What was your family like? If I was to ask you to describe your family growing up with just one word, what word would you chose? I think I would choose fun. My fondest memories growing up was having fun as a family. My mum has the gift of hospitality, and so we always had people around. We spent a lot of time with extended family, so I always had numerous cousins to play with. My dad loved the outdoors, so I remember shooting trips and fishing trips and camping and bushwalking.
This morning we’re in Genesis 24, which also happens to be the longest chapter in Genesis. Because it’s so long I’m not going to read it up front, instead I’m going to summarize it and quote specific verses throughout the sermon. I encourage you to have it open in your Bibles or on your Bible app. Genesis 24 sets up the scene for Isaac’s marriage to Rebekah, it’s a love story. It’s also nearly 4,000 years old, so there are some elements that are different from the love stories we’re used to.
Isaac is probably one of the least known characters in the Bible. Even though he’s one of the three patriarchs, we tend to think of Abraham and Jacob and that other guy. I’m calling this this series ‘No Laughing Matter.’ Isaac’s name actually means laughter.
1. Living as Elect Exiles 19th July 2020
In this first sermon of the series we’re going to reflect on certain aspects of Peter’s life and how his experiences relate to two words he uses to introduce his letter – elect and exiles. Peter reminds us that in the brokenness of this world we have been chosen by God, and that this world is no longer our home. Peter’s purpose is that as God’s people living in a broken world we will experience God’s grace and peace more and more.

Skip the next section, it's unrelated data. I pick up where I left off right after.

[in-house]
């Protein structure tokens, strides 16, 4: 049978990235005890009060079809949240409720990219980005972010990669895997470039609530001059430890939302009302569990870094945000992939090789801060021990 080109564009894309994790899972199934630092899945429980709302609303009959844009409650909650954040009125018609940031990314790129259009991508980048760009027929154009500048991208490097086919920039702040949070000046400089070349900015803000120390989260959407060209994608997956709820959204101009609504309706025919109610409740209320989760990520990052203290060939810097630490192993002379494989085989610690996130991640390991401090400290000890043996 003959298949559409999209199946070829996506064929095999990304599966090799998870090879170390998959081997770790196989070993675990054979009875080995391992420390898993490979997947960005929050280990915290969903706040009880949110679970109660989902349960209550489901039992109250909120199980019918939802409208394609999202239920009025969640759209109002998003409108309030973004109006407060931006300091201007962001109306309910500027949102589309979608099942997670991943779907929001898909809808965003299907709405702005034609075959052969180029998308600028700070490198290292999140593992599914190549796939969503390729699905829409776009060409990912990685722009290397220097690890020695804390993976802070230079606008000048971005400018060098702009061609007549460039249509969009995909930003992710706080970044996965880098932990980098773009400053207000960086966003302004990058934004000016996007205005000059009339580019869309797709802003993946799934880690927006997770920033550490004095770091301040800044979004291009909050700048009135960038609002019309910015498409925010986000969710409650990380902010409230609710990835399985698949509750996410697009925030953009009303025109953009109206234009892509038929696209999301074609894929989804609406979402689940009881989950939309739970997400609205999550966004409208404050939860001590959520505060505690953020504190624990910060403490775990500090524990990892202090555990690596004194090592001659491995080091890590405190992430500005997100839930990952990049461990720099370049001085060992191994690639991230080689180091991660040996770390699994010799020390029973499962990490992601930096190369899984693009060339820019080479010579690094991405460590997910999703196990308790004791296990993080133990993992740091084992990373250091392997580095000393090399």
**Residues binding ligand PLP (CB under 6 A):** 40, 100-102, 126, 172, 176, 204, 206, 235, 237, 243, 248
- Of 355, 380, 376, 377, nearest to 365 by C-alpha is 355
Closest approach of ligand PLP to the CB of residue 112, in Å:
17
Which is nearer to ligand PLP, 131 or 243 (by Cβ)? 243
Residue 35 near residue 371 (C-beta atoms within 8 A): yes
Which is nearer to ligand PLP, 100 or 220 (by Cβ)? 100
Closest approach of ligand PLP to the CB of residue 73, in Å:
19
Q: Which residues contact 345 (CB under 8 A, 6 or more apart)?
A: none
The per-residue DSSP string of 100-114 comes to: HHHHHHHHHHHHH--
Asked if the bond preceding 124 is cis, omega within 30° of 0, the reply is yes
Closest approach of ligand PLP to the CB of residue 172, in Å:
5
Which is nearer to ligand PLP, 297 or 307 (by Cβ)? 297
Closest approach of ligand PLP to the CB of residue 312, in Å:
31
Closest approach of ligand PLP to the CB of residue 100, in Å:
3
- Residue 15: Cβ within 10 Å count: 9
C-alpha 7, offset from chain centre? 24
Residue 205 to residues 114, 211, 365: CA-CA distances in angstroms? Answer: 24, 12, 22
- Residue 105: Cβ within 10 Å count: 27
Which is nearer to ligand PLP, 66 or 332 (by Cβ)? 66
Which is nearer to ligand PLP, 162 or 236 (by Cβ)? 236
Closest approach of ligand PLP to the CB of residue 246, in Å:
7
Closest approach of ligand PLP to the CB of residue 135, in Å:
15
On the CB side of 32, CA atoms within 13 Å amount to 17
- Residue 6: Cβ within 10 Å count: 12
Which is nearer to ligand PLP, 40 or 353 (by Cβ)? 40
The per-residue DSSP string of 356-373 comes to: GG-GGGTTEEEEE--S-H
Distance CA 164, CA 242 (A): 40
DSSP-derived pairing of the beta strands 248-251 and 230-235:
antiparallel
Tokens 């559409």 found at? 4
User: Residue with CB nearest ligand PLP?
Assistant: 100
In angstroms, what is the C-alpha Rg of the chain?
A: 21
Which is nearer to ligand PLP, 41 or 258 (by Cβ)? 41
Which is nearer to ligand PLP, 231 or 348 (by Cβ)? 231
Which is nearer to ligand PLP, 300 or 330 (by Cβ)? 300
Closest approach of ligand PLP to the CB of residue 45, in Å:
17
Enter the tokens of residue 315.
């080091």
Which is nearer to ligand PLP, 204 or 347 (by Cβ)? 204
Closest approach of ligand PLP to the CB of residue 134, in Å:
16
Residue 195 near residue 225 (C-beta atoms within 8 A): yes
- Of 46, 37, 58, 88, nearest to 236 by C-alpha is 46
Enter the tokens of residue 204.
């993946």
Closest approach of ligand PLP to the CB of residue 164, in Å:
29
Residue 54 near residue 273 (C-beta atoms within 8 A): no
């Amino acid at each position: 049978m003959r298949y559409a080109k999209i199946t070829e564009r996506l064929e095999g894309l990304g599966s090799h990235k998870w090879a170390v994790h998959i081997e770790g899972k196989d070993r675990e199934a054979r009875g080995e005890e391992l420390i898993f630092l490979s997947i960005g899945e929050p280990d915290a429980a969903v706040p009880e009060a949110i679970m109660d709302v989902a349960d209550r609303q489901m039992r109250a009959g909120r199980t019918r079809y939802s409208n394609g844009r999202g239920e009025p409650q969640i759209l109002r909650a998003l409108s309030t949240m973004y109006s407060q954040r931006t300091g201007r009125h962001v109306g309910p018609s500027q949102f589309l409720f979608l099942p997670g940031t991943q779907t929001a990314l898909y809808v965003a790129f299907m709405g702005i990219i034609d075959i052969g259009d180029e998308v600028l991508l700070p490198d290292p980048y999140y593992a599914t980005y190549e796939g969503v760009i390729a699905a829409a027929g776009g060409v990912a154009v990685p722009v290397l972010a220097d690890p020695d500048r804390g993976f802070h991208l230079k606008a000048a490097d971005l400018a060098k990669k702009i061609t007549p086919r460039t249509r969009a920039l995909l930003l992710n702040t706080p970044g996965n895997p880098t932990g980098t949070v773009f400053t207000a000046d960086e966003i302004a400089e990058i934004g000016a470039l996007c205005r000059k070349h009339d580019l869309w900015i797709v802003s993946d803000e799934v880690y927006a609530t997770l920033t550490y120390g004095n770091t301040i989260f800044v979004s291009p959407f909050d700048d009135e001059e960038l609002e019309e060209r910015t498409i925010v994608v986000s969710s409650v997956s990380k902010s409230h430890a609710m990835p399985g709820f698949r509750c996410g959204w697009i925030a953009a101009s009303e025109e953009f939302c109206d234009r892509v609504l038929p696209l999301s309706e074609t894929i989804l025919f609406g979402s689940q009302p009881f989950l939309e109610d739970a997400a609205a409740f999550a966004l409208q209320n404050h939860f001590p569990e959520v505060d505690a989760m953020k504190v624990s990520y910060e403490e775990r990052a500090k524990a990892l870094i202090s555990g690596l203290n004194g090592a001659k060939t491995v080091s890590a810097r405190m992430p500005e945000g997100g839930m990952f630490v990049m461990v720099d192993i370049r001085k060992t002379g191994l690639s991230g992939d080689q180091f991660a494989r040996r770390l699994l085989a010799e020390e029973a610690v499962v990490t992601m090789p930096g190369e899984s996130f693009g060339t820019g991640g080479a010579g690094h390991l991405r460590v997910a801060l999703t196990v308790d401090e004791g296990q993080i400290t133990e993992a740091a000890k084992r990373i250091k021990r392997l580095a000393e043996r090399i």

In this sermon we look at what Peter calls our living hope. You can’t live in a broken world without hope. Peter reminds us that we face suffering and struggles with a hope that cannot die. This hope is founded on God’s future promises, of resurrection from the dead and an eternal inheritance. It’s founded on God’s mercy and power. It brings joy in the midst of trials. It’s founded on the historical work of Jesus on the cross, prophesied by the Old Testament prophets and proclaimed by the new Testament apostles. As God’s people we live in the broken world with unshakeable hope.
Peter was more than aware of the challenges we face as God’s people living in a broken world. But rather than encouraging us to fit in or compromise or give up, Peter calls us to be holy. As God’s people we’re to different than the broken world around us. In this sermon we unpack five reasons why we should be holy, and three ways we are called to be holy. Holiness begins in our minds and with our desires, but it works itself out in our daily conduct. But rather than just telling us to be holy, Peter grounds our commitment to holiness in both the character of God, and in the gospel of Jesus Christ.
In this broken world, where do you get wisdom for life? Most people get it from the world, from their parents or school as they grow up, or university or social media as adults. But the wisdom of this world keeps changing, it doesn’t lead to eternal life, so it’s not wise to let it live in us. Instead Peter tells us to turn to God’s living word. God’s word is the instrument God uses to change our lives. It’s a word that when it lives in us it produces in us a love for others and makes us spiritually. In this sermon we’re going to look at the character of God’s word, and how God uses it to help us live as his people in this broken world. It’s my prayer that this sermon will make you long to read God’s word.
Peter uses the most unusual metaphor for Jesus, he’s a Living Stone. This morning we’re going to look at what Peter means by calling Jesus a Living Stone, and we’re going to see that for some people Jesus is a stone that makes them stumble and causes offense, while other people become living stones themselves. We’re going to learn not to be surprised when people reject Jesus, because it’s all part of God’s purpose. And for those who come to Jesus in faith God has a purpose as well. Living as God’s people in a broken world means becoming living stones.